Washrooms as a source of exposure to vaping

Many students spoke about how they were exposed to e-cigarette use in school, even though they did not vape themselves. They discussed how the washrooms were full of 'lemon and cotton candy fog.' Some were concerned about the health effects of being exposed to passive vapor. Others felt that teachers might think they were vaping, even though they were not.

Students felt that they were 'out of place' if they did not participate in the practice, and some avoided entering the washrooms when vapers were present. In two FGDs, students spoke of how teachers had removed the doors to the boys' washroom to discourage vaping, invading their privacy. This did not reduce the practice, as students found other places to vape; in fact, some adopted 'stealth' techniques that enabled them to vape in class without releasing vapor.

Peer pressure and easy access

Participants in the FGDs felt that vaping-based content was 'unavoidable' on social media. These included both formal advertisements and promoted posts, as well as personal posts and stories in which teenagers shared their experiences with friends as followers. Influencers posted videos of them doing vaping 'tricks' hoping to go viral, thus encouraging the normalization of these practices. Students also discussed how people they followed had tried to sell them vaping products second-hand.

One student who vaped during the study shared that he tried it for the first time because his friends were doing it. He was concerned that his peers would judge him negatively if he did not participate. Older students often inculcated younger students into the practice, and students who could perform more 'tricks' were admired. For teenagers who vaped, the practice had become indistinguishable from socializing with friends. Beyond social media, students found vapes easy to access. They could pay their older siblings to purchase them or buy them from an older student.

Targeting students for vaping prevention

While the pandemic reduced access to vapes for some, others increased their consumption to cope with stress, anxiety, and isolation. School-based prevention efforts failed; one reason that the students identified was that they were outdated. Students hoped for evidence-based data to support their decision to abstain from vaping, particularly regarding long-term consequences.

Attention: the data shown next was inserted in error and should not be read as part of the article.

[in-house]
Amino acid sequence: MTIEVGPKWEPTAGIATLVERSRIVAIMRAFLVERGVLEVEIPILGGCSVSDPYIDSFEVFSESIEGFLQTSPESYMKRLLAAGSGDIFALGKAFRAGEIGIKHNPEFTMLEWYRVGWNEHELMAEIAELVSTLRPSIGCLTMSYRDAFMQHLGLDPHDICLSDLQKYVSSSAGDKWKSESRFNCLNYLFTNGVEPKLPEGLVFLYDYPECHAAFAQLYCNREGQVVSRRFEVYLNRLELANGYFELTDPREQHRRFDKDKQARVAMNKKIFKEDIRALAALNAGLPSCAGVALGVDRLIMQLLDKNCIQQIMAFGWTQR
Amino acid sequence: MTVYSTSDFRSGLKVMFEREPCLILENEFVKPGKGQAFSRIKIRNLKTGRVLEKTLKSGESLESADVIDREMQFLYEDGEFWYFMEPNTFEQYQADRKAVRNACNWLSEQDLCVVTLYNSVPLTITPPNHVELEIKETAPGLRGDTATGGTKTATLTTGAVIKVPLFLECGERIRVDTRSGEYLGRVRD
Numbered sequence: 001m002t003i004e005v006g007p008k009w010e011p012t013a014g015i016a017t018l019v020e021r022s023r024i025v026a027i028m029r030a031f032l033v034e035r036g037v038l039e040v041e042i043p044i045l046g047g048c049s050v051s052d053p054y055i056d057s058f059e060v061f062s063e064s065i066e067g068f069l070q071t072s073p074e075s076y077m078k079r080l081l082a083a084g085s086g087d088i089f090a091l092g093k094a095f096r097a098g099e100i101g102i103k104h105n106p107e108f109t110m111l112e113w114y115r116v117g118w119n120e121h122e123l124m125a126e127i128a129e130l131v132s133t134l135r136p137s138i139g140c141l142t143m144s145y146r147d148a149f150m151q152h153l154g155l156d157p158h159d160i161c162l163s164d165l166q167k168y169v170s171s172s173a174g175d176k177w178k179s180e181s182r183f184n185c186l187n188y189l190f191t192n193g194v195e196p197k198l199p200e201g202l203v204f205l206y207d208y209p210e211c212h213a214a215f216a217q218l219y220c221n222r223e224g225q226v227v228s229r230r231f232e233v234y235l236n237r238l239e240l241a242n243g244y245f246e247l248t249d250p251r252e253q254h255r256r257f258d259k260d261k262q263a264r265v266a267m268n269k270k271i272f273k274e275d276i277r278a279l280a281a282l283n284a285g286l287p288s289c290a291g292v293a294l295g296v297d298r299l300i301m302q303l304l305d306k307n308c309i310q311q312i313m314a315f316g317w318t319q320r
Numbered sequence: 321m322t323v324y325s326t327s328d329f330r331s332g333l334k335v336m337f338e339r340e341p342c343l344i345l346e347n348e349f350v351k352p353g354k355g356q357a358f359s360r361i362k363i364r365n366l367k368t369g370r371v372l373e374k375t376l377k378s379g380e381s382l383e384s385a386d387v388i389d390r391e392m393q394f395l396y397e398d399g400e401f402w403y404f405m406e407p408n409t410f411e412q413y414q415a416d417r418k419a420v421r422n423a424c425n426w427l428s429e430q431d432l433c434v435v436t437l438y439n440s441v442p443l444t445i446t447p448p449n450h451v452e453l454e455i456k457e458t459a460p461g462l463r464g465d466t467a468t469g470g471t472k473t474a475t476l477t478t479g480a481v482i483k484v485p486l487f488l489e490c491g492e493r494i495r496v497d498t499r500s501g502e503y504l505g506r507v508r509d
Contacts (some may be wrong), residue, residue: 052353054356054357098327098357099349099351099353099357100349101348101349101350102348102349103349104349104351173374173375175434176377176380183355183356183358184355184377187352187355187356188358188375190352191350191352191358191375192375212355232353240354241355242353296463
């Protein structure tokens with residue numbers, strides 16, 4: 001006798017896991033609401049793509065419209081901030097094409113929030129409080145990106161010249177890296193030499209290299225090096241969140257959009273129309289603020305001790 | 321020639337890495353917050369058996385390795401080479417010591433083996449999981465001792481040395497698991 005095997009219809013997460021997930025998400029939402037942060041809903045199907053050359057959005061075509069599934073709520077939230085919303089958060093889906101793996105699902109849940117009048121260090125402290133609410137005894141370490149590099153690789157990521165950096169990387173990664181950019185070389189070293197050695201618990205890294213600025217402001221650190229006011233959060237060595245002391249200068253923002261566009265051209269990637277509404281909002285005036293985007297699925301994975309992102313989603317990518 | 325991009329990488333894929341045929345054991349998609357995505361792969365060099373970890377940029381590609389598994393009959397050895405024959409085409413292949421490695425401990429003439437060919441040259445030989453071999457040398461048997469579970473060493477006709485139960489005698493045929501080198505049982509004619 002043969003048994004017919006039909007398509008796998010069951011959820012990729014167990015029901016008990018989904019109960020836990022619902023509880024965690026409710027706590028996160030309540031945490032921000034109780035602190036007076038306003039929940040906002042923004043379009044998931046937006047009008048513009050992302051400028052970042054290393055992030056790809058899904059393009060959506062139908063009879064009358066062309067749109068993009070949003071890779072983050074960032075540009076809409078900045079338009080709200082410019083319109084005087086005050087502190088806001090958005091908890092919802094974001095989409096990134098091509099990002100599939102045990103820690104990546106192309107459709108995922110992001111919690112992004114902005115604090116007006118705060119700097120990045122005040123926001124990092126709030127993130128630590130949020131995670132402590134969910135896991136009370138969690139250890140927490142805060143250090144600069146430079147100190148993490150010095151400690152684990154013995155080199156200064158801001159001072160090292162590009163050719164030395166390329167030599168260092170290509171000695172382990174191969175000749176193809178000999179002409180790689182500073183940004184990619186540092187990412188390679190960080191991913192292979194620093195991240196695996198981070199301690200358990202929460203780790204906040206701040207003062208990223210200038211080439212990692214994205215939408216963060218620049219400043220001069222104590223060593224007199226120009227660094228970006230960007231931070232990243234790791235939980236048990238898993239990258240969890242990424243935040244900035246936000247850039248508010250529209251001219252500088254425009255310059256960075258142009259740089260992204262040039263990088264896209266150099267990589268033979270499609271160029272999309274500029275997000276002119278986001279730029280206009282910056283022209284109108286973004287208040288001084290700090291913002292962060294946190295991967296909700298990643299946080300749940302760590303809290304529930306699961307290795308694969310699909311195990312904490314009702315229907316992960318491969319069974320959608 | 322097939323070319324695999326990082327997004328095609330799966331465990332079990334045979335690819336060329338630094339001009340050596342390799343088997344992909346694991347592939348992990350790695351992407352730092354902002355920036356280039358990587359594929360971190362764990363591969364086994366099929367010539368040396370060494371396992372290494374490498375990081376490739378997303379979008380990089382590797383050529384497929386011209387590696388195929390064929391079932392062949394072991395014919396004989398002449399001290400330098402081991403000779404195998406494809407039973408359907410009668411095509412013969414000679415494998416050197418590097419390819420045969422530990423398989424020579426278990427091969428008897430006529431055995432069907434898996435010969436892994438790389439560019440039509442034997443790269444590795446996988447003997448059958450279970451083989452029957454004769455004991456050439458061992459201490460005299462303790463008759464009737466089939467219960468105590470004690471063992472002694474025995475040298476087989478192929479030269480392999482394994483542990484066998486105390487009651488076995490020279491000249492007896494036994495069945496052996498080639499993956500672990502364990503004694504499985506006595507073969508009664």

To be effective, future education efforts must be 'actively adapted, tailored, and responsive to the rapidly evolving youth vaping landscape.' Perhaps the study's most important finding, however, was that teenagers do want to talk about these issues. It is time for the adults to listen.

Journal reference:
Priyanjana Pramanik

Written by

Priyanjana Pramanik

Priyanjana Pramanik is a writer based in Kolkata, India, with an academic background in Wildlife Biology and economics. She has experience in teaching, science writing, and mangrove ecology. Priyanjana holds Masters in Wildlife Biology and Conservation (National Centre of Biological Sciences, 2022) and Economics (Tufts University, 2018). In between master's degrees, she was a researcher in the field of public health policy, focusing on improving maternal and child health outcomes in South Asia. She is passionate about science communication and enabling biodiversity to thrive alongside people. The fieldwork for her second master's was in the mangrove forests of Eastern India, where she studied the complex relationships between humans, mangrove fauna, and seedling growth.